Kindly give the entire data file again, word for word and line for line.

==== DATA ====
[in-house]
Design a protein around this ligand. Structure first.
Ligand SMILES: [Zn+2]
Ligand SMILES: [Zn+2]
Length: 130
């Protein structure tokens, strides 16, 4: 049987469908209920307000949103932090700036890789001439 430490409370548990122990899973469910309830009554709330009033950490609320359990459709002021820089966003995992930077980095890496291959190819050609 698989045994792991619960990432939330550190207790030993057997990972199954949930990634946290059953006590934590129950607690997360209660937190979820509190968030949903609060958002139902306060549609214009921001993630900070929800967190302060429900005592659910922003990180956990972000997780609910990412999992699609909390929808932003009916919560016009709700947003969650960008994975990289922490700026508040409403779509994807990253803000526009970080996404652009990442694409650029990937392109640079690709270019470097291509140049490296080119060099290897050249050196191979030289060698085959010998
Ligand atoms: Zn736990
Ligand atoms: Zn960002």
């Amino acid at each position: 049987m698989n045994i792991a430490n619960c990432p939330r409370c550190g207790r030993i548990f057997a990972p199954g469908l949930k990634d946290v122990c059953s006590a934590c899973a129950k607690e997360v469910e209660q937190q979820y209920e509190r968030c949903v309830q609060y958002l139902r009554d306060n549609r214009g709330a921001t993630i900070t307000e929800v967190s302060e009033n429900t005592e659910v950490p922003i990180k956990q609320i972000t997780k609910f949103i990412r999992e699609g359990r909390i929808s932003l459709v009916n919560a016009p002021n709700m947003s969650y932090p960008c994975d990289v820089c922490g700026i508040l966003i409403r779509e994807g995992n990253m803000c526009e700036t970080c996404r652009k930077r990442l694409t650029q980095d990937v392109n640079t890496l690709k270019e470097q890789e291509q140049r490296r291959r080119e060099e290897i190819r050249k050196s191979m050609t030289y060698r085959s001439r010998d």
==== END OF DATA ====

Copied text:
[in-house]
Design a protein around this ligand. Structure first.
Ligand SMILES: [Zn+2]
Ligand SMILES: [Zn+2]
Length: 130
């Protein structure tokens, strides 16, 4: 049987469908209920307000949103932090700036890789001439 430490409370548990122990899973469910309830009554709330009033950490609320359990459709002021820089966003995992930077980095890496291959190819050609 698989045994792991619960990432939330550190207790030993057997990972199954949930990634946290059953006590934590129950607690997360209660937190979820509190968030949903609060958002139902306060549609214009921001993630900070929800967190302060429900005592659910922003990180956990972000997780609910990412999992699609909390929808932003009916919560016009709700947003969650960008994975990289922490700026508040409403779509994807990253803000526009970080996404652009990442694409650029990937392109640079690709270019470097291509140049490296080119060099290897050249050196191979030289060698085959010998
Ligand atoms: Zn736990
Ligand atoms: Zn960002």
């Amino acid at each position: 049987m698989n045994i792991a430490n619960c990432p939330r409370c550190g207790r030993i548990f057997a990972p199954g469908l949930k990634d946290v122990c059953s006590a934590c899973a129950k607690e997360v469910e209660q937190q979820y209920e509190r968030c949903v309830q609060y958002l139902r009554d306060n549609r214009g709330a921001t993630i900070t307000e929800v967190s302060e009033n429900t005592e659910v950490p922003i990180k956990q609320i972000t997780k609910f949103i990412r999992e699609g359990r909390i929808s932003l459709v009916n919560a016009p002021n709700m947003s969650y932090p960008c994975d990289v820089c922490g700026i508040l966003i409403r779509e994807g995992n990253m803000c526009e700036t970080c996404r652009k930077r990442l694409t650029q980095d990937v392109n640079t890496l690709k270019e470097q890789e291509q140049r490296r291959r080119e060099e290897i190819r050249k050196s191979m050609t030289y060698r085959s001439r010998d």